GATEKEEPER by Dr. Shah, Clearview Church, Henderson, NC
Introduction: Years ago, they used to sing a song in Sunday School, “O Be Careful Little Eyes.” How many of ya’ll remember that song? “O be careful little eyes, what you see,
O be careful little eyes, what you see, For the Father up above is looking down in love,
So be careful little eyes what you see.” It had several other verses— “O be careful little ears, what you hear…O be careful little mouth, what you say…O be careful little hands, what you do…O be careful little feet, where you go.” Then, the final verse was— “O be careful little heart whom you trust.” There is so much truth in that song. I think we adults need to sing it! Did you know that song is at least 3000 years old? It comes from the Book of Proverbs! The message is this— “You are the gatekeeper to your heart. You can either let in things that bring you closer to Christ or you can let in things that take you away from Christ. The attack is real, intense, constant, and the cost is heavy.” We are in our miniseries from the Book of Proverbs called SKILLFUL, and today’s message is titled GATEKEEPER.
Proverbs 4 20 “My son, give attention to my words; Incline your ear to my sayings. 21 Do not let them depart from your eyes; Keep them in the midst of your heart; 22 For they are life to those who find them, And health to all their flesh. 23 Keep your heart with all diligence, for out of it spring the issues of life. 24 Put away from you a deceitful mouth, and put perverse lips far from you. 25 Let your eyes look straight ahead, and your eyelids look right before you. 26 Ponder the path of your feet, and let all your ways be established. 27 Do not turn to the right or the left; Remove your foot from evil.”
Question: How secure is your heart? What are you allowing or have allowed into your heart that is destroying you? Is Christ in your heart? Are you saved?
Context: To understand the true meaning of this passage, I want us to begin with verse 23. Then, we will look at the whole passage starting in verse 20. Listen to verse 23 “Keep your heart with all diligence, for out of it spring the issues of life.” The literal translation from the Hebrew is “Keep your heart ‘more than any’ guarded thing, for from it come the ‘origins’ of life.” To start with, the word for “origins” literally refers to the exits of a city. The imagery is of a fortified city. When we were in Israel, we saw many gates or hinges to the gates. The guide, my good friend Jacky, asked the question that I have heard him ask many times. What is the most vulnerable part of the city? The answer is “the gates of the city.” It may seem like that the gates would be the most secure part of the city but they’re not. Why? Not because they are made out of wood or anything but because all it takes is for someone from the outside to bribe someone from the inside to open the door. According to Solomon, the heart is the gate of the city. All it takes is for someone from the outside to bribe someone from the inside to open the heart. What does the heart represent? In ancient near eastern understanding (especially the Babylonians, the Assyrians, and the Egyptians), the heart was the combination of both the inner and the outer aspects of life. The inner includes the thoughts and the conscience; and the outer includes the words and the actions. In the NT, the word “mind” is used to refer to the “heart” of the OT. The heart or the mind is the immaterial part of every human being. The physical body is the material part. What is the heart or the mind made up of?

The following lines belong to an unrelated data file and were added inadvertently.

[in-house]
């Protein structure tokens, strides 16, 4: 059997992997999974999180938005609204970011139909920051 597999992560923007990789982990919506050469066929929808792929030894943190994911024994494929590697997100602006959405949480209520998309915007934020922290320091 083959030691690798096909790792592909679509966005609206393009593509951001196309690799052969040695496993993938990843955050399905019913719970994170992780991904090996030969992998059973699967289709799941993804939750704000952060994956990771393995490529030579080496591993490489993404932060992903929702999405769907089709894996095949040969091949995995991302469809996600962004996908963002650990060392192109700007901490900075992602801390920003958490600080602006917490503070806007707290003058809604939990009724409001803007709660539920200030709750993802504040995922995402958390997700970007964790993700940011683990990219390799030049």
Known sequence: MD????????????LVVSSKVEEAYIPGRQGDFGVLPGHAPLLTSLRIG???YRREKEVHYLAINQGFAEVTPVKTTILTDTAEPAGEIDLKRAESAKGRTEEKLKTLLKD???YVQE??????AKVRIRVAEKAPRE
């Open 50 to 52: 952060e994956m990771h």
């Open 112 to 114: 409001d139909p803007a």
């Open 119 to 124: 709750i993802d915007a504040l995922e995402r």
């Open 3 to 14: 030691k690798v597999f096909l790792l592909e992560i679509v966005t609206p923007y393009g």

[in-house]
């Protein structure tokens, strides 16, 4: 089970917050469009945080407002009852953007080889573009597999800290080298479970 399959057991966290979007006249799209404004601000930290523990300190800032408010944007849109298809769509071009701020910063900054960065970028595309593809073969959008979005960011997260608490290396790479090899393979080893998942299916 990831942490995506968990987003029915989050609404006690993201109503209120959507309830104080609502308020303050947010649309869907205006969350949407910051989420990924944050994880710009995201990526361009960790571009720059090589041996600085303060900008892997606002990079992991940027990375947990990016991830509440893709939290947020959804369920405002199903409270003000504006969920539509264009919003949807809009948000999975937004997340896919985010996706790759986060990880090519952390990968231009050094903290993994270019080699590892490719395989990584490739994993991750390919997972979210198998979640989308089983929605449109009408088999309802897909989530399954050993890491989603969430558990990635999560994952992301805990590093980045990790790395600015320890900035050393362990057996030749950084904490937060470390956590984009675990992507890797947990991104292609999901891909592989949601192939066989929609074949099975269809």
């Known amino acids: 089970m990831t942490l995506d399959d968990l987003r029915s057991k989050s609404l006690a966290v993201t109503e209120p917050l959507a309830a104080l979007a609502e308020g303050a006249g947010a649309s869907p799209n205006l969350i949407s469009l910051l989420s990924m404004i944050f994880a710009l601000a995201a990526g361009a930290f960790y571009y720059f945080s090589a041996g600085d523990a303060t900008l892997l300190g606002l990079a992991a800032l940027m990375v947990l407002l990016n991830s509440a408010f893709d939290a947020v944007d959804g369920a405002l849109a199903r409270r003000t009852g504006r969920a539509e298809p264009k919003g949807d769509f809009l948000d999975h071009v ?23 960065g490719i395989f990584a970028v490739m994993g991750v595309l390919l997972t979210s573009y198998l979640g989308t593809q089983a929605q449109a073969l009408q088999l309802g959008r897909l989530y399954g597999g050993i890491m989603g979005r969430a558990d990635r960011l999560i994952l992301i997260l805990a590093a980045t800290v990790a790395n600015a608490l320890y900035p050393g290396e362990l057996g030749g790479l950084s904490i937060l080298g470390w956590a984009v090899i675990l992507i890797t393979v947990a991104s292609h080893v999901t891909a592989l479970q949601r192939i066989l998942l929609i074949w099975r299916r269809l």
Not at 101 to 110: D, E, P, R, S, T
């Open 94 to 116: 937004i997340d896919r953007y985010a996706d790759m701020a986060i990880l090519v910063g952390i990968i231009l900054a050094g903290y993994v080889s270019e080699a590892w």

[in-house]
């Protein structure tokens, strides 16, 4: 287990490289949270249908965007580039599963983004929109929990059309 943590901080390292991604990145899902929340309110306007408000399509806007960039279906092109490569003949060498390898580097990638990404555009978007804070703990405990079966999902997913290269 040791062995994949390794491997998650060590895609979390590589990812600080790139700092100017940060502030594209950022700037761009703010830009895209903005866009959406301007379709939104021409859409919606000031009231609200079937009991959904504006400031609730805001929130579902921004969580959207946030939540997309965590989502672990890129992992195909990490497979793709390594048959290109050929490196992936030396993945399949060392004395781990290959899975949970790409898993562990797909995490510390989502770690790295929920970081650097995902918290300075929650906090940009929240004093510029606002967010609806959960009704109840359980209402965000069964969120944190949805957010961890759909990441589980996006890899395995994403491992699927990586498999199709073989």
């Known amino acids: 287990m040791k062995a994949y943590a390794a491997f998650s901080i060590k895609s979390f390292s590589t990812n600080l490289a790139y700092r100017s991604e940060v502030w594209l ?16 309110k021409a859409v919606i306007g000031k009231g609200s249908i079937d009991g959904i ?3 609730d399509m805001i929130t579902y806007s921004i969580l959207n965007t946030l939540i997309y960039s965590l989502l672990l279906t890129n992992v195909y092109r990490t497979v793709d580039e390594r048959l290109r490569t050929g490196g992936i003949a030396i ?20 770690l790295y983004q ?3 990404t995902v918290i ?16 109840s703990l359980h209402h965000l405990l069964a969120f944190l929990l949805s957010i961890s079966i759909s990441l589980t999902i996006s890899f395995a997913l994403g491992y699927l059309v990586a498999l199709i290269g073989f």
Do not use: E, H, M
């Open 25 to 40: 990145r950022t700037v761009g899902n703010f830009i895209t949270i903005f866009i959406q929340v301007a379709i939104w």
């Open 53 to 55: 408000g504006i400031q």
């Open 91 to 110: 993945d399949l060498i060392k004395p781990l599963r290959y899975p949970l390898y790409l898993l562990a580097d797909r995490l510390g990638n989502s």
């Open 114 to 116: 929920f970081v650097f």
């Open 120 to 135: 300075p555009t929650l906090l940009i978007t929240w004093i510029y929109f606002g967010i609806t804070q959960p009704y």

- The heart or the mind is made by God to connect with him.
- It is damaged because of sin until salvation.
- It is uniquely designed by the combination of our genetic ancestors, good and bad.
- The heart is softened towards God or hardened towards him by our upbringing.
- Our heart is redeemed by our acceptance of Christ or condemned because of our rejection of him.